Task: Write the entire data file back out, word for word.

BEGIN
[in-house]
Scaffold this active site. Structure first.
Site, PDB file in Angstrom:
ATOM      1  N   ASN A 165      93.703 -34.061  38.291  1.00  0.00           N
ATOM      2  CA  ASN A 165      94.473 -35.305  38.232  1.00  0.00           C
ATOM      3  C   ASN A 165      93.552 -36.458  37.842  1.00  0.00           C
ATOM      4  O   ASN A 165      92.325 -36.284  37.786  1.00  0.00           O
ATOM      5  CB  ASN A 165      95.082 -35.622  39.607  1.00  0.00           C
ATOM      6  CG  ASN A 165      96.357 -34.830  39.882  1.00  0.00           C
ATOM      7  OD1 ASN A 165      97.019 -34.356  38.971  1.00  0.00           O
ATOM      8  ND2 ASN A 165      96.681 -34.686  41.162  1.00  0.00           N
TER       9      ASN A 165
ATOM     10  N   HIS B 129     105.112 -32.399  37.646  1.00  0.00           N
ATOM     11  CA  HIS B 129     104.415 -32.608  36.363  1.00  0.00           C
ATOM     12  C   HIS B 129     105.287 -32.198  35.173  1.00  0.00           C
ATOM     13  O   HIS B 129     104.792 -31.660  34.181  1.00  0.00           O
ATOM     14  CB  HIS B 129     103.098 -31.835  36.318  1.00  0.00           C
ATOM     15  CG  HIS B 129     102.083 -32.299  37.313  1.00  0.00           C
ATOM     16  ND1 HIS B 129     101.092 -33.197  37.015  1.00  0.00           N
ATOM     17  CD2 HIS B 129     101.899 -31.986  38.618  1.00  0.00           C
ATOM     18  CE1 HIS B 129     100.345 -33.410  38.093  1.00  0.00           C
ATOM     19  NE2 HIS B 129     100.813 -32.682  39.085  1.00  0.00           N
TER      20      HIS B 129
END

[in-house]
Scaffold this active site. Structure first.
Site, PDB file in Angstrom:
ATOM      1  N   ASN A 165      93.703 -34.061  38.291  1.00  0.00           N
ATOM      2  CA  ASN A 165      94.473 -35.305  38.232  1.00  0.00           C
ATOM      3  C   ASN A 165      93.552 -36.458  37.842  1.00  0.00           C
ATOM      4  O   ASN A 165      92.325 -36.284  37.786  1.00  0.00           O
ATOM      5  CB  ASN A 165      95.082 -35.622  39.607  1.00  0.00           C
ATOM      6  CG  ASN A 165      96.357 -34.830  39.882  1.00  0.00           C
ATOM      7  OD1 ASN A 165      97.019 -34.356  38.971  1.00  0.00           O
ATOM      8  ND2 ASN A 165      96.681 -34.686  41.162  1.00  0.00           N
TER       9      ASN A 165
ATOM     10  N   HIS B 129     105.112 -32.399  37.646  1.00  0.00           N
ATOM     11  CA  HIS B 129     104.415 -32.608  36.363  1.00  0.00           C
ATOM     12  C   HIS B 129     105.287 -32.198  35.173  1.00  0.00           C
ATOM     13  O   HIS B 129     104.792 -31.660  34.181  1.00  0.00           O
ATOM     14  CB  HIS B 129     103.098 -31.835  36.318  1.00  0.00           C
ATOM     15  CG  HIS B 129     102.083 -32.299  37.313  1.00  0.00           C
ATOM     16  ND1 HIS B 129     101.092 -33.197  37.015  1.00  0.00           N
ATOM     17  CD2 HIS B 129     101.899 -31.986  38.618  1.00  0.00           C
ATOM     18  CE1 HIS B 129     100.345 -33.410  38.093  1.00  0.00           C
ATOM     19  NE2 HIS B 129     100.813 -32.682  39.085  1.00  0.00           N
TER      20      HIS B 129